Friday, October 19, 2007

Someone Is Searching for Your Burritos

There is a (probably) apocryphal story, dating back four decades or more, about the Reader's Digest, whose editors had hired a consultant to determine which of the magazine's articles were most popular, and how they could use that information to increase sales, especially at newsstands and supermarket check-out lines.

After researching several years of editions and sales, the consultant came back with a report that the most popular items in Reader's Digest were biographical pieces on Abraham Lincoln, human interest stories about household pets, tales of Cold War espionage, articles about Nazis, and first-person accounts.

To maximize sales, the consultant suggested, the magazine's cover should place this headline prominently:

This came to mind when I saw a Reuters report this week on the most popular Google search terms around the world. The dispatch, datelined Berlin, begins:
Internet users in Egypt, India and Turkey are the world's most frequent searchers for Web sites using the keyword "sex" on Google search engines, according to statistics provided by Google Inc.

Germany, Mexico and Austria were world's top three searchers of the word "Hitler" while "Nazi" scored the most hits in Chile, Australia and the United Kingdom, data from 2004 to the present retrievable on the "Google Trends" Web site showed.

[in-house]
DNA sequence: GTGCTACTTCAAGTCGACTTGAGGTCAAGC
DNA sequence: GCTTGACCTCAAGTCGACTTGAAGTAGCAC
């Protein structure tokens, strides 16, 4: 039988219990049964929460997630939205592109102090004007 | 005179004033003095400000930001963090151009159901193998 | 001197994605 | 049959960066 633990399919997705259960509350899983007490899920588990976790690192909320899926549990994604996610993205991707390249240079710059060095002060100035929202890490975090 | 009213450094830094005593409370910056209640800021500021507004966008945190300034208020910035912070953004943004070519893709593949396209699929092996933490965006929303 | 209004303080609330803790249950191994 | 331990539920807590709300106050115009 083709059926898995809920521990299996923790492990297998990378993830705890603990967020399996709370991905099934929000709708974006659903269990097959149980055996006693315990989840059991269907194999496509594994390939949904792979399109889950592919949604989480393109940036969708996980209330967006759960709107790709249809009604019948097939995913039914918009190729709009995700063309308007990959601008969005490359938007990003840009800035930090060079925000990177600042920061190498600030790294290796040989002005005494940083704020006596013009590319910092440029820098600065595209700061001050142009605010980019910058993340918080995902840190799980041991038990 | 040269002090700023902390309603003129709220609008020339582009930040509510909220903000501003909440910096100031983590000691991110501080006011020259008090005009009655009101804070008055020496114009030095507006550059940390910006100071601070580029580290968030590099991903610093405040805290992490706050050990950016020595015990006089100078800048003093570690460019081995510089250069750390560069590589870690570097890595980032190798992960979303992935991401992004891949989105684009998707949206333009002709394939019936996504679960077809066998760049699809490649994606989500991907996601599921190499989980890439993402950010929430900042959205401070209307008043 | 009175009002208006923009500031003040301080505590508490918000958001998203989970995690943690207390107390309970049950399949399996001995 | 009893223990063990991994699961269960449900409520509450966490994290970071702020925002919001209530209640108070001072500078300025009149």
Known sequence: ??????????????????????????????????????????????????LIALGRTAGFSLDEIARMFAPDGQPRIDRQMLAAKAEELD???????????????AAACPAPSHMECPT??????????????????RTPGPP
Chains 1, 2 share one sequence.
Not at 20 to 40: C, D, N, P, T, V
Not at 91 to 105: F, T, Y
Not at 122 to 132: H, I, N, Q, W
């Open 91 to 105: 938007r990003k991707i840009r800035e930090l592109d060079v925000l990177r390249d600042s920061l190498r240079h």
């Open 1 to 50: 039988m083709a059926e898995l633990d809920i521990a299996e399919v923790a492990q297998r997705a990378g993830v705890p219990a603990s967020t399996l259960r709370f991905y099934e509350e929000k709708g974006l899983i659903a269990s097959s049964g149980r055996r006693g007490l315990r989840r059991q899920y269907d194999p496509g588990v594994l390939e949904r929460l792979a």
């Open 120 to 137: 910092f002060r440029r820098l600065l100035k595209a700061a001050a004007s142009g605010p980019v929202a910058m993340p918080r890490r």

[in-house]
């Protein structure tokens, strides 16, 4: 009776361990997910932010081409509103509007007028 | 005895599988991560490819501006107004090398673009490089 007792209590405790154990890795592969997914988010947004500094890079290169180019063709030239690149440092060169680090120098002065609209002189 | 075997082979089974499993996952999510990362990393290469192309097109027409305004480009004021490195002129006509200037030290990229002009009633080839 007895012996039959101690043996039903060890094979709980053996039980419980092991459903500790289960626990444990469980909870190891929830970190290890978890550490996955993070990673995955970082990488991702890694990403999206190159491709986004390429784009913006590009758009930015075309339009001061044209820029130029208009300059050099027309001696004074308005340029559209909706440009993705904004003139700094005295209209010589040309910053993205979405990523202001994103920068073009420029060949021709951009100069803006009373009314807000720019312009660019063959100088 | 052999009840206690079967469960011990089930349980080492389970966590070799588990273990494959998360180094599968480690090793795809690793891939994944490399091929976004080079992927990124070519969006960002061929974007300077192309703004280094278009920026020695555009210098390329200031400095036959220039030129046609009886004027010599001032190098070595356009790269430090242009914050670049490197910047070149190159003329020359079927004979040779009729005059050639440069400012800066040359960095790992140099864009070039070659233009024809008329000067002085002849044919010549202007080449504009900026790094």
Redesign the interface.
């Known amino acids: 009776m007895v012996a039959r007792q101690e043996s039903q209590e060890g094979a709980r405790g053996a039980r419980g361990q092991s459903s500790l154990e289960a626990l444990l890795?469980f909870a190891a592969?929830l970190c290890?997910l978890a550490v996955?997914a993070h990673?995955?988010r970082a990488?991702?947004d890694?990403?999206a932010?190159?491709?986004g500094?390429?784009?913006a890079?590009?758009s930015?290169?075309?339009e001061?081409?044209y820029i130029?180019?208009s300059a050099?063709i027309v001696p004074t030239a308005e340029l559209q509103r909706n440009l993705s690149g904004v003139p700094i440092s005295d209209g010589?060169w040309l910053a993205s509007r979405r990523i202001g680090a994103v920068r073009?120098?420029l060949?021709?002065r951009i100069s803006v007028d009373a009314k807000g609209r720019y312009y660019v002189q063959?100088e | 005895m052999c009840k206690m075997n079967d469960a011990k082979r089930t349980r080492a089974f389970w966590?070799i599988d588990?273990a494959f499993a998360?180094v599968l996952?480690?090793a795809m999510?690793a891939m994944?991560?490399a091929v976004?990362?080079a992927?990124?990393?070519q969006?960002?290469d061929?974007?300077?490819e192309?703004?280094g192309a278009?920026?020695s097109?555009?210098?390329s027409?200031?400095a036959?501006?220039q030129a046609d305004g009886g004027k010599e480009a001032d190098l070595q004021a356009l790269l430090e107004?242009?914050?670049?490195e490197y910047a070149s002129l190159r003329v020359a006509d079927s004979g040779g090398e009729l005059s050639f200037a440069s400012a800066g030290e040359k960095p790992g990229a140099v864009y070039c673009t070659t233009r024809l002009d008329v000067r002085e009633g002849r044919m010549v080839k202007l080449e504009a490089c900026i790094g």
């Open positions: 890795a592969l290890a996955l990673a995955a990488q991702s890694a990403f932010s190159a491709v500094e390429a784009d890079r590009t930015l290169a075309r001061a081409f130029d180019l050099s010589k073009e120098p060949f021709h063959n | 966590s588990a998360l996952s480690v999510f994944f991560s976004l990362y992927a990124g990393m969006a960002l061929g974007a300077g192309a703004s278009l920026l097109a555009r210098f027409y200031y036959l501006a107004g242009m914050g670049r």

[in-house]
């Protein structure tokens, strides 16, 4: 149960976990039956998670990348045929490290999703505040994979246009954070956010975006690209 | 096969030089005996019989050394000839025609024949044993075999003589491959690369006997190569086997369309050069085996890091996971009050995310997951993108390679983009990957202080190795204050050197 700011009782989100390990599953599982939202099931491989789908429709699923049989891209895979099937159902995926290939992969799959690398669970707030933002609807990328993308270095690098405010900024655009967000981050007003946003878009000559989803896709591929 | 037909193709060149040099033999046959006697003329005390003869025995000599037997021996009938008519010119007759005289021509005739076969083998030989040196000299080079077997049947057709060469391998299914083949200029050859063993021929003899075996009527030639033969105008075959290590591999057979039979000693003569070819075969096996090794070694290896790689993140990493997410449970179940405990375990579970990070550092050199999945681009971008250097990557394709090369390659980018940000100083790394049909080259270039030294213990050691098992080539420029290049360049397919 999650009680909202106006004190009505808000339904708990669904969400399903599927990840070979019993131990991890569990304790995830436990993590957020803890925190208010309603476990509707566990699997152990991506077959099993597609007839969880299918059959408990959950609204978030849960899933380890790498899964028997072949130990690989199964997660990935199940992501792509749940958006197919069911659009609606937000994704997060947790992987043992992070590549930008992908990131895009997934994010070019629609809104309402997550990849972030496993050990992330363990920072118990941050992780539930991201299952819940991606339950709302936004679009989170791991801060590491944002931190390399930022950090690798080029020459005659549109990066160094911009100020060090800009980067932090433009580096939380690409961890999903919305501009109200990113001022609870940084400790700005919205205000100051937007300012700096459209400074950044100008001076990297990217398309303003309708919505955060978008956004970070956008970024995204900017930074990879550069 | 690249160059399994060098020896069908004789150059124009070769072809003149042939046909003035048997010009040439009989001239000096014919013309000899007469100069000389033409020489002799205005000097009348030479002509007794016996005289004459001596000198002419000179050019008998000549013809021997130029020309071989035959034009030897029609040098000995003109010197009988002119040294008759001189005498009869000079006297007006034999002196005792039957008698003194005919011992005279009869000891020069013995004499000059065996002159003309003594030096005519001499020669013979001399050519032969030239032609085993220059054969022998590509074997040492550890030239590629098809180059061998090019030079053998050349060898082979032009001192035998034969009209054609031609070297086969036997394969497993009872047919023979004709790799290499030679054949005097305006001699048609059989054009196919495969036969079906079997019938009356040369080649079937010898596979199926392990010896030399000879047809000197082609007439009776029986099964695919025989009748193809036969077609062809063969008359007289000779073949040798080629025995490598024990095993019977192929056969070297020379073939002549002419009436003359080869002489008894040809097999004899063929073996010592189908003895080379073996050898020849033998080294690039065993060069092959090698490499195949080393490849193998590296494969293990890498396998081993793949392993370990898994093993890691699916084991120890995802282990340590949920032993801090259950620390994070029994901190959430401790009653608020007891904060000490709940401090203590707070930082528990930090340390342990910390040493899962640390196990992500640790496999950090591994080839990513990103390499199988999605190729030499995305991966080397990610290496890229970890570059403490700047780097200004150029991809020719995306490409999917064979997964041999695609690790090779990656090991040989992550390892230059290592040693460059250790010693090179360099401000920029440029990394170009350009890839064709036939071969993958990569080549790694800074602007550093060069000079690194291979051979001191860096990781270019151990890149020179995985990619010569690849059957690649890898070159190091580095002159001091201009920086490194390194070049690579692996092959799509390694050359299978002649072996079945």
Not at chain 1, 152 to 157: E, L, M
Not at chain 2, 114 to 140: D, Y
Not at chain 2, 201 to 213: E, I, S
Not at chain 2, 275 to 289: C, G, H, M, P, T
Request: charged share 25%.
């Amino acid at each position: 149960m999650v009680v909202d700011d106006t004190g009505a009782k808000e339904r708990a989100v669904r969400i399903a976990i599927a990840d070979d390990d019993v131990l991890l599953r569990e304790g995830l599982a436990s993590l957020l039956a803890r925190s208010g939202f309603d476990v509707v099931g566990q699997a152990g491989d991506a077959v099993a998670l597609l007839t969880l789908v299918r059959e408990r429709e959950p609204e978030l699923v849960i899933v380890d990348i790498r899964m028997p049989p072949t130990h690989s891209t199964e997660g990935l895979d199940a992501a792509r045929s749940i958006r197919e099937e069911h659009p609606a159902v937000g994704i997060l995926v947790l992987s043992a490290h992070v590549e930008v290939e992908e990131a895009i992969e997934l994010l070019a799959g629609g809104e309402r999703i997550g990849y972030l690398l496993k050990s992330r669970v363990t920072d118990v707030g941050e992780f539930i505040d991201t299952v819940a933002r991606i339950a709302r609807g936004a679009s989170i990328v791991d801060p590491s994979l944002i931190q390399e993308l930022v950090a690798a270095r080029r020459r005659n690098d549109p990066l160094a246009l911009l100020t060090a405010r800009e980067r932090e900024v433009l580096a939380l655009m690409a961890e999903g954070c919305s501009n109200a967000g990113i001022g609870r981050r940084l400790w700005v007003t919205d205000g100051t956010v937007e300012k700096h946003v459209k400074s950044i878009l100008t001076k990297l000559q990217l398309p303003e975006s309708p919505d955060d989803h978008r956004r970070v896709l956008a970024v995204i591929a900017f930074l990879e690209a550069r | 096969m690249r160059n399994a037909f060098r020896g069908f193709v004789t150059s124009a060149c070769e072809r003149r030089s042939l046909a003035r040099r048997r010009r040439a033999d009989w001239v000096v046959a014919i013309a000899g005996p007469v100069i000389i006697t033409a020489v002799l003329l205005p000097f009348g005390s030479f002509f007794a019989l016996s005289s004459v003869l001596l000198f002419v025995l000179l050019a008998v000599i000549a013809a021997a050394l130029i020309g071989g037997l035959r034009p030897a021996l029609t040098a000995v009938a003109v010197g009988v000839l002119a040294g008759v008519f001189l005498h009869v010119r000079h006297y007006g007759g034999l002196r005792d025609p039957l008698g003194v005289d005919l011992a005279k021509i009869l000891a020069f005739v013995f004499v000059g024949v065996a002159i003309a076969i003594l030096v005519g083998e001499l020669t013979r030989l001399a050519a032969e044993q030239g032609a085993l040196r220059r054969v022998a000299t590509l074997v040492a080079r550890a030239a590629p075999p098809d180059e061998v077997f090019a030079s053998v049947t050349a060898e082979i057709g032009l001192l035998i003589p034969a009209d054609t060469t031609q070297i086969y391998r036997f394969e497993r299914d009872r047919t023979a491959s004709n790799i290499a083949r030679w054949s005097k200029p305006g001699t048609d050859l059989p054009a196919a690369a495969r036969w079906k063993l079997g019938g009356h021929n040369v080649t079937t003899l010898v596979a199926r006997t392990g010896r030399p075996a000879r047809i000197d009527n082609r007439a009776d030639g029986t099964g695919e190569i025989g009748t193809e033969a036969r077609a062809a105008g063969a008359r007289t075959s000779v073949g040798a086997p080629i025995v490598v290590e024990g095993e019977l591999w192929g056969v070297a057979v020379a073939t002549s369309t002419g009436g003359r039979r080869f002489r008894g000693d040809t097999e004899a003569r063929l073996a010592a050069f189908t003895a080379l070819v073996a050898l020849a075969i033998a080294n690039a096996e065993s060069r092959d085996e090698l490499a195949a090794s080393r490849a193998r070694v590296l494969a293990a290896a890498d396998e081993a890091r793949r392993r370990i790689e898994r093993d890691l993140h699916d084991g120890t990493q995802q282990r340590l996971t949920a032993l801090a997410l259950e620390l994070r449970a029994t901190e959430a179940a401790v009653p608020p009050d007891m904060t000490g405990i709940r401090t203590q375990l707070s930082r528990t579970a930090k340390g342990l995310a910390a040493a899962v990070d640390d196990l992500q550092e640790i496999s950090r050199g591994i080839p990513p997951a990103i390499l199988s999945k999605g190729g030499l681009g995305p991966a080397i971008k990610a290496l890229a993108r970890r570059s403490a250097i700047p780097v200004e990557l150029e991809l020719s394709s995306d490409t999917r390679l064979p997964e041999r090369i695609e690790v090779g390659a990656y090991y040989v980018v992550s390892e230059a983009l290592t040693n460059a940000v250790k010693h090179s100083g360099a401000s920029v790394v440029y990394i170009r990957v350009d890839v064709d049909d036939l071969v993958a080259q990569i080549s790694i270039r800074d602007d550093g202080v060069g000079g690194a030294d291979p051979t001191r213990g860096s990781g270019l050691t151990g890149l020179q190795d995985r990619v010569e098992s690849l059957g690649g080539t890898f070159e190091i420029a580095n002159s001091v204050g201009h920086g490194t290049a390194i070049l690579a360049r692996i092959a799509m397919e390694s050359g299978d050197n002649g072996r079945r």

Chile also came in first place searching for the word "gay," followed by Mexico and Colombia.
Reuters lists the top ten search terms (and the countries where they reign highest) as follows:
"Jihad" - Morocco, Indonesia, Pakistan

"Terrorism" - Pakistan, Philippines, Australia

"Hangover" - Ireland, United Kingdom, United States

"Burrito" - United States, Argentina, Canada

"Iraq" - United States, Australia, Canada

"Taliban" - Pakistan, Australia, Canada

"Tom Cruise" - Canada, United States, Australia

"Britney Spears" - Mexico, Venezuela, Canada

"Homosexual" - Philippines, Chile, Venezuela

"Love" - Philippines, Australia, United States
Pulling up the rear on Google's list -- as reported by Reuters and other sources -- were these eight search terms:
"Botox" - Australia, United States, United Kingdom

"Viagra" - Italy, United Kingdom, Germany

"David Beckham" - Venezuela, United Kingdom, Mexico

"Kate Moss" - Ireland, United Kingdom, Sweden

"Dolly Buster" - Czech Republic, Austria, Slovakia

"Car bomb" - Australia, United States, Canada

"Marijuana" - Canada, United States, Australia

"IAEA" - Austria, Pakistan, Iran
Except for "Dolly Buster" (which was unknown to me but seems to refer to a Czech-born porn star popular in Central Europe), all of these key words are fairly mundane. Only in the context of where they are popular do they raise eyebrows.

As frequent readers of this blog know, there are some odd search terms that bring people here. Some are odder than others, and some become less odd through repetition and the formation of patterns. For instance, from among the last 4,000 visitors, there were a cluster looking for presidential candidate Ron Paul in various configurations:
ron paul, tom coburn
ron paul, thoughts on global warming
ron paul university of virginia
ron paul tinky winky
ron paul thoughts on gay people
ron paul satanic hand gesture symbol
ron paul opposes dadt
ron paul on gay and lesbian issues
ron paul minority gay individual rights
ron paul judaism
ron paul don't ask don't tell catholic